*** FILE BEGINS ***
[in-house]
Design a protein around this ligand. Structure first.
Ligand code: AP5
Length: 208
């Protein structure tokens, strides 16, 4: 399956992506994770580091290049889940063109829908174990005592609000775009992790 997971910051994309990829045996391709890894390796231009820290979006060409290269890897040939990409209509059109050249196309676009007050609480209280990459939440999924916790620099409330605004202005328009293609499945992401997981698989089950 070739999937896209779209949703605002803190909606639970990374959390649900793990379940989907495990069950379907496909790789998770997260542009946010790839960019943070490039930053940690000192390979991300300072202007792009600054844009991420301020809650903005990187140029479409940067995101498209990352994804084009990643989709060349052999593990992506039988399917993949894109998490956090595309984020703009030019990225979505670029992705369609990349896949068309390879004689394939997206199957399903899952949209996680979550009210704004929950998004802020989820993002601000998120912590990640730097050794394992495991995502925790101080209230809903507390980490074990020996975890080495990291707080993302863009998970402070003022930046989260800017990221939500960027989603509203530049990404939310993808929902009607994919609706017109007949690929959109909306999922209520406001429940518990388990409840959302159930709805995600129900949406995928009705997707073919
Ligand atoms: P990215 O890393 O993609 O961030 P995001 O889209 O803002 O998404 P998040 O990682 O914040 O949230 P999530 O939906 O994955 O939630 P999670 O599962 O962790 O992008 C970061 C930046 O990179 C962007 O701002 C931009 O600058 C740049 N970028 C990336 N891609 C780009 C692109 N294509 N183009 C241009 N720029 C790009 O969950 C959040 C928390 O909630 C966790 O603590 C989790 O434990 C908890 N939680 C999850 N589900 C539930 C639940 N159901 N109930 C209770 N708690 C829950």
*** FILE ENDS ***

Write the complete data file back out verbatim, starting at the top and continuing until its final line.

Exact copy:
[in-house]
Design a protein around this ligand. Structure first.
Ligand code: AP5
Length: 208
């Protein structure tokens, strides 16, 4: 399956992506994770580091290049889940063109829908174990005592609000775009992790 997971910051994309990829045996391709890894390796231009820290979006060409290269890897040939990409209509059109050249196309676009007050609480209280990459939440999924916790620099409330605004202005328009293609499945992401997981698989089950 070739999937896209779209949703605002803190909606639970990374959390649900793990379940989907495990069950379907496909790789998770997260542009946010790839960019943070490039930053940690000192390979991300300072202007792009600054844009991420301020809650903005990187140029479409940067995101498209990352994804084009990643989709060349052999593990992506039988399917993949894109998490956090595309984020703009030019990225979505670029992705369609990349896949068309390879004689394939997206199957399903899952949209996680979550009210704004929950998004802020989820993002601000998120912590990640730097050794394992495991995502925790101080209230809903507390980490074990020996975890080495990291707080993302863009998970402070003022930046989260800017990221939500960027989603509203530049990404939310993808929902009607994919609706017109007949690929959109909306999922209520406001429940518990388990409840959302159930709805995600129900949406995928009705997707073919
Ligand atoms: P990215 O890393 O993609 O961030 P995001 O889209 O803002 O998404 P998040 O990682 O914040 O949230 P999530 O939906 O994955 O939630 P999670 O599962 O962790 O992008 C970061 C930046 O990179 C962007 O701002 C931009 O600058 C740049 N970028 C990336 N891609 C780009 C692109 N294509 N183009 C241009 N720029 C790009 O969950 C959040 C928390 O909630 C966790 O603590 C989790 O434990 C908890 N939680 C999850 N589900 C539930 C639940 N159901 N109930 C209770 N708690 C829950």